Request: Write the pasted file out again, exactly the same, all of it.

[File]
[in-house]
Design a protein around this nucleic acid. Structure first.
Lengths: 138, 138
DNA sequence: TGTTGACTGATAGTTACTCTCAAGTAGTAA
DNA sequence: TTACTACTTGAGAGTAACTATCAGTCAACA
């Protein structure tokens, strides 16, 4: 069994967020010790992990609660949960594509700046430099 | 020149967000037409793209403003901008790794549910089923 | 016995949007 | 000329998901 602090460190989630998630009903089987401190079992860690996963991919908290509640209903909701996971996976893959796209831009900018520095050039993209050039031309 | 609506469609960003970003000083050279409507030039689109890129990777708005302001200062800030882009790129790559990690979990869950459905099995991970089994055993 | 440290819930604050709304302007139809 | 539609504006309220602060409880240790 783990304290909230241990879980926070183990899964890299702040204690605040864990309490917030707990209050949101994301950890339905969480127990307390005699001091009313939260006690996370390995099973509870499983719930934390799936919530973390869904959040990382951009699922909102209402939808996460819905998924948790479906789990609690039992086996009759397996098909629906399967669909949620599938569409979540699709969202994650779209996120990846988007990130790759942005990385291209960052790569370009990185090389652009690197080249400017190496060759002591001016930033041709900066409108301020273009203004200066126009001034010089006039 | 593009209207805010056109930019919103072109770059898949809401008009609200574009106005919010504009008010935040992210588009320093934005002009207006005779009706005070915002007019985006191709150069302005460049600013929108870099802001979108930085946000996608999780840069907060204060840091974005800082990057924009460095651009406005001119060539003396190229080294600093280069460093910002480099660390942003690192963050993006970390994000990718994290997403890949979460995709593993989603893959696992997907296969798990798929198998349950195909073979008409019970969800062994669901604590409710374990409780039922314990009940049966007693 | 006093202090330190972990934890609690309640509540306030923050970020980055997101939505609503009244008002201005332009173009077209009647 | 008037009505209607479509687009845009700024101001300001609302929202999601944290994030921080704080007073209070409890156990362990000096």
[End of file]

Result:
[in-house]
Design a protein around this nucleic acid. Structure first.
Lengths: 138, 138
DNA sequence: TGTTGACTGATAGTTACTCTCAAGTAGTAA
DNA sequence: TTACTACTTGAGAGTAACTATCAGTCAACA
């Protein structure tokens, strides 16, 4: 069994967020010790992990609660949960594509700046430099 | 020149967000037409793209403003901008790794549910089923 | 016995949007 | 000329998901 602090460190989630998630009903089987401190079992860690996963991919908290509640209903909701996971996976893959796209831009900018520095050039993209050039031309 | 609506469609960003970003000083050279409507030039689109890129990777708005302001200062800030882009790129790559990690979990869950459905099995991970089994055993 | 440290819930604050709304302007139809 | 539609504006309220602060409880240790 783990304290909230241990879980926070183990899964890299702040204690605040864990309490917030707990209050949101994301950890339905969480127990307390005699001091009313939260006690996370390995099973509870499983719930934390799936919530973390869904959040990382951009699922909102209402939808996460819905998924948790479906789990609690039992086996009759397996098909629906399967669909949620599938569409979540699709969202994650779209996120990846988007990130790759942005990385291209960052790569370009990185090389652009690197080249400017190496060759002591001016930033041709900066409108301020273009203004200066126009001034010089006039 | 593009209207805010056109930019919103072109770059898949809401008009609200574009106005919010504009008010935040992210588009320093934005002009207006005779009706005070915002007019985006191709150069302005460049600013929108870099802001979108930085946000996608999780840069907060204060840091974005800082990057924009460095651009406005001119060539003396190229080294600093280069460093910002480099660390942003690192963050993006970390994000990718994290997403890949979460995709593993989603893959696992997907296969798990798929198998349950195909073979008409019970969800062994669901604590409710374990409780039922314990009940049966007693 | 006093202090330190972990934890609690309640509540306030923050970020980055997101939505609503009244008002201005332009173009077209009647 | 008037009505209607479509687009845009700024101001300001609302929202999601944290994030921080704080007073209070409890156990362990000096």